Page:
"Increasing temperatures, decreasing water availability, more intense storm events, and sea level rise will each independently, and in some cases in combination, affect the ability of the United States to produce and transmit electricity from fossil, nuclear, and existing and emerging renewable energy sources," the department said in the report, released Thursday.
"These changes are also projected to affect the nation's demand for energy and its ability to access, produce, and distribute oil and natural gas," it states.
Annual temperatures have increased about 1.5 degrees in the last century, the report says, and 2012 was the warmest year on record.
The report pointed to an Argonne National Laboratory study showing higher peak electricity demand as a result of climate change-related temperature increases will require an additional 34 gigawatts of new power generation capacity just in the West by 2050, costing consumers $45 billion.
Since 1980, more than 130 extreme weather events costing $1 billion or more in damages have occurred, the report notes. But as the nation's infrastructure ages, the report says, storm-related power outages are likely to become increasingly frequent, costing $20 billion to $50 billion a year.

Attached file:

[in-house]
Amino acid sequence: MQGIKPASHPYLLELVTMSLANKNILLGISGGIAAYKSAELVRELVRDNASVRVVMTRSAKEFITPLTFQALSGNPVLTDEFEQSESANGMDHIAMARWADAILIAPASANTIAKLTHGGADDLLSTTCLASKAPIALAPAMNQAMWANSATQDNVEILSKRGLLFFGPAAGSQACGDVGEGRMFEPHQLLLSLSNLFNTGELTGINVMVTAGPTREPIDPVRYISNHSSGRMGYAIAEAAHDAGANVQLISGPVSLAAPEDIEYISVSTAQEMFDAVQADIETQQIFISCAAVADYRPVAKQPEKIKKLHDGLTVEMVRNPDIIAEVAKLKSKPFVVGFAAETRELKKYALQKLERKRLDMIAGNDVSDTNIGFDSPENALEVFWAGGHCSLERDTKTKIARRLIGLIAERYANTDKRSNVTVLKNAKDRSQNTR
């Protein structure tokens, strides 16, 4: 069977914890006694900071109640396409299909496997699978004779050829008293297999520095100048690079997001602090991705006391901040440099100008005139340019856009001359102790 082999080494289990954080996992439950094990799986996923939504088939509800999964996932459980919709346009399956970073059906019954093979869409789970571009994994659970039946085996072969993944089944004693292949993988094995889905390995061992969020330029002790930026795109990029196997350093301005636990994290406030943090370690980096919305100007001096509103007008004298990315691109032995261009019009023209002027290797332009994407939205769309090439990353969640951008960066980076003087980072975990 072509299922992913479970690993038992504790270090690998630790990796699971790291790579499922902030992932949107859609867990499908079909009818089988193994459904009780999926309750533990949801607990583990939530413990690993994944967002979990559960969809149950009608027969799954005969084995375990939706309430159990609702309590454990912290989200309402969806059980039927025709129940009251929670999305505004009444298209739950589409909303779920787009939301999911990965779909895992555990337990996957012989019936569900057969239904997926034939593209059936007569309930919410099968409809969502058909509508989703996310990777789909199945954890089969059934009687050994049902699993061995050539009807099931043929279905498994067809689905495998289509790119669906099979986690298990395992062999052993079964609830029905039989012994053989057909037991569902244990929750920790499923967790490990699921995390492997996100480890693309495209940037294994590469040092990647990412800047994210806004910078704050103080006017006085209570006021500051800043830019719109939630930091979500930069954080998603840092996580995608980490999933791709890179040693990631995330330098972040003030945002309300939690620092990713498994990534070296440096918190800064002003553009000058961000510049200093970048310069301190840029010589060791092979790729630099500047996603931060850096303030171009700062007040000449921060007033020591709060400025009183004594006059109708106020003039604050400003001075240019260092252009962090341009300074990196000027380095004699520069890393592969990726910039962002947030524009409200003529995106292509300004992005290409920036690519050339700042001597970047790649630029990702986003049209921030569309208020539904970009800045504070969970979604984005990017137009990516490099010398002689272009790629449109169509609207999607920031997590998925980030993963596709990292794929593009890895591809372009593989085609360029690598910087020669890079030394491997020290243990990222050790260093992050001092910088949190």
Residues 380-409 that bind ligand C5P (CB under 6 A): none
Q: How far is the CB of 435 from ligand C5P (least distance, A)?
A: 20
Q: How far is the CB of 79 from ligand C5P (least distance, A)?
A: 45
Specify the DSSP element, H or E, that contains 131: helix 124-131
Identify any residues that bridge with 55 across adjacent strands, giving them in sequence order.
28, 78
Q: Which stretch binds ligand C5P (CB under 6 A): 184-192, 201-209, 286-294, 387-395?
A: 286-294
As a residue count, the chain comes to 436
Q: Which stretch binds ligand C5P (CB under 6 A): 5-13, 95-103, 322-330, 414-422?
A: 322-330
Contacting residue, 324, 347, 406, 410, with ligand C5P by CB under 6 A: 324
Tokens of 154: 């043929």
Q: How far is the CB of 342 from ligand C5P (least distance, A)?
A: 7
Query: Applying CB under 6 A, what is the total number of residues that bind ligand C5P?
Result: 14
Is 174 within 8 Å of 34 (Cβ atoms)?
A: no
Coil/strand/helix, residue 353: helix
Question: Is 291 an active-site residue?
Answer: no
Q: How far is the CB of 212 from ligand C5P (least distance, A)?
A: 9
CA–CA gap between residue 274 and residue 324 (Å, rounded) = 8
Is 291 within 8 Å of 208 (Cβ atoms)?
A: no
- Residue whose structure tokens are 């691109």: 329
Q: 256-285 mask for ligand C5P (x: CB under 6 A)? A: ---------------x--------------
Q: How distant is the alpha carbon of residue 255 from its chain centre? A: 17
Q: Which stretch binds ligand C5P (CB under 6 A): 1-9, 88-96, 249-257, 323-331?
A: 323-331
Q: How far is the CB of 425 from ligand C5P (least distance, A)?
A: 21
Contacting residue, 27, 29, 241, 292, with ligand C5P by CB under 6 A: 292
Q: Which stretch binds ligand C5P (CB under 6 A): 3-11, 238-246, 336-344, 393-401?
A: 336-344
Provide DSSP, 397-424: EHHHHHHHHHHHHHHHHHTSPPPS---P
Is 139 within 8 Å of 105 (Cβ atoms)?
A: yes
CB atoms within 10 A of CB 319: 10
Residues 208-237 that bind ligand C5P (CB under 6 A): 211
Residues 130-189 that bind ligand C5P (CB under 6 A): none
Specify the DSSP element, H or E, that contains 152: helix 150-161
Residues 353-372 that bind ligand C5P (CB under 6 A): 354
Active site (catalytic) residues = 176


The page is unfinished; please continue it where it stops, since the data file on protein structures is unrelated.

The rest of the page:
The report cited Hurricane Sandy last October in which more than 8 million customers lost power in 21 affected states as scores of power plants, oil refineries, fuel pipelines and petroleum terminals were either damaged or experienced shutdowns.
"The magnitude of the challenge posed by climate change on an aging and already stressed U.S. energy system could outpace current adaptation efforts, unless a more comprehensive and accelerated approach is adopted," the report warns.
Jonathan Pershing, deputy assistant secretary for climate change policy and technology with the DOE told The Hill newspaper the department's report is the first of several in the coming weeks and months.
Later this summer, the DOE will issue a report on how climate change could impact the electric grid, followed by a report on the effects of droughts on water supply for hydropower, said Pershing, who previously was second in command for the State Department's international climate change efforts.
Information contained in the reports could encourage regulators, governments and utilities to better protect their systems against extreme weather, Pershing said. The data could also help to boost investment in the energy sector, because potential investors will have a better idea on the vulnerability of projects to climate change.
"We at DOE can help with that kind of data for investors, regulators, utilities," Pershing said. "There's a broad suite of players."
The DOE says the report builds on President Obama's Climate Action Plan, unveiled June 25.
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